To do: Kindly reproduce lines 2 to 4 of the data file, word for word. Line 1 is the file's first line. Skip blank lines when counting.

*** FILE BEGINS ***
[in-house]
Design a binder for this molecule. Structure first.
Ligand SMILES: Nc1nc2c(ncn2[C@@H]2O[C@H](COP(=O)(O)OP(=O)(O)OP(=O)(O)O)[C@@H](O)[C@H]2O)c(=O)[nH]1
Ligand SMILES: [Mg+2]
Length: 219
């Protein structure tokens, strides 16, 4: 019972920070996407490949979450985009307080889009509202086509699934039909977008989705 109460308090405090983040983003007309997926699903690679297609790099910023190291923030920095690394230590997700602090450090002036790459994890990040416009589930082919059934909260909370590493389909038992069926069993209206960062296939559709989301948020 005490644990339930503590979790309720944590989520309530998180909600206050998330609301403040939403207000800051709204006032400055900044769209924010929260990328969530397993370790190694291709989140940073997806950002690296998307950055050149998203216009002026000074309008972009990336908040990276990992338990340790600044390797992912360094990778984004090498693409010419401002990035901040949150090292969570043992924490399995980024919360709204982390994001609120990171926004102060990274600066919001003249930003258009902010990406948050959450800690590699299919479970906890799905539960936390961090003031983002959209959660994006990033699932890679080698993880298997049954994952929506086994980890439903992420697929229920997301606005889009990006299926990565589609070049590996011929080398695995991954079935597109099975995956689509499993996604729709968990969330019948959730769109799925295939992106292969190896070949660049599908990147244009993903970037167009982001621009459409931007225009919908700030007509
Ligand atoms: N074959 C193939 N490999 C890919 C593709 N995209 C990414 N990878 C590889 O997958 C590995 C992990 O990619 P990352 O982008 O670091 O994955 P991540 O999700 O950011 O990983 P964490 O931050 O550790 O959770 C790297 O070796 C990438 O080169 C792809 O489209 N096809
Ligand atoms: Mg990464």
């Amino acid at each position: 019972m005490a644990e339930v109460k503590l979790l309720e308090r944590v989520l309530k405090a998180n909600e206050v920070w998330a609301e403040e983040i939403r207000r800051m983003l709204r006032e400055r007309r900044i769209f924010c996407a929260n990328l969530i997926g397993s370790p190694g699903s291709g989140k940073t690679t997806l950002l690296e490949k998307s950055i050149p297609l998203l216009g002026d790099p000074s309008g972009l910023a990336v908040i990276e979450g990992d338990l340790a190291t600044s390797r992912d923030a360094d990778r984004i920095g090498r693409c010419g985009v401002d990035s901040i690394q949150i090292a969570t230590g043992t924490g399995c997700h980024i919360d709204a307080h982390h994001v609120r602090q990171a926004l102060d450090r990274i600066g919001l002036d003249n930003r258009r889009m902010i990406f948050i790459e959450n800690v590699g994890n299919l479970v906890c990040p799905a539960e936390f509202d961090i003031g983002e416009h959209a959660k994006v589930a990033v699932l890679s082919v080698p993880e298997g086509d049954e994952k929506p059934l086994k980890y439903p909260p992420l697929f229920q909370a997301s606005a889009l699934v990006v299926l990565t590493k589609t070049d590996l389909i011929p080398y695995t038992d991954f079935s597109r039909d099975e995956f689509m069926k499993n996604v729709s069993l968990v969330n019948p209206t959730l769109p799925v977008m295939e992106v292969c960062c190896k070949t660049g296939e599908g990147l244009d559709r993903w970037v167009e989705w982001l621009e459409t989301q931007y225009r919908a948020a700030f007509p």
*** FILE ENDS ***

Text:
Design a binder for this molecule. Structure first.
Ligand SMILES: Nc1nc2c(ncn2[C@@H]2O[C@H](COP(=O)(O)OP(=O)(O)OP(=O)(O)O)[C@@H](O)[C@H]2O)c(=O)[nH]1
Ligand SMILES: [Mg+2]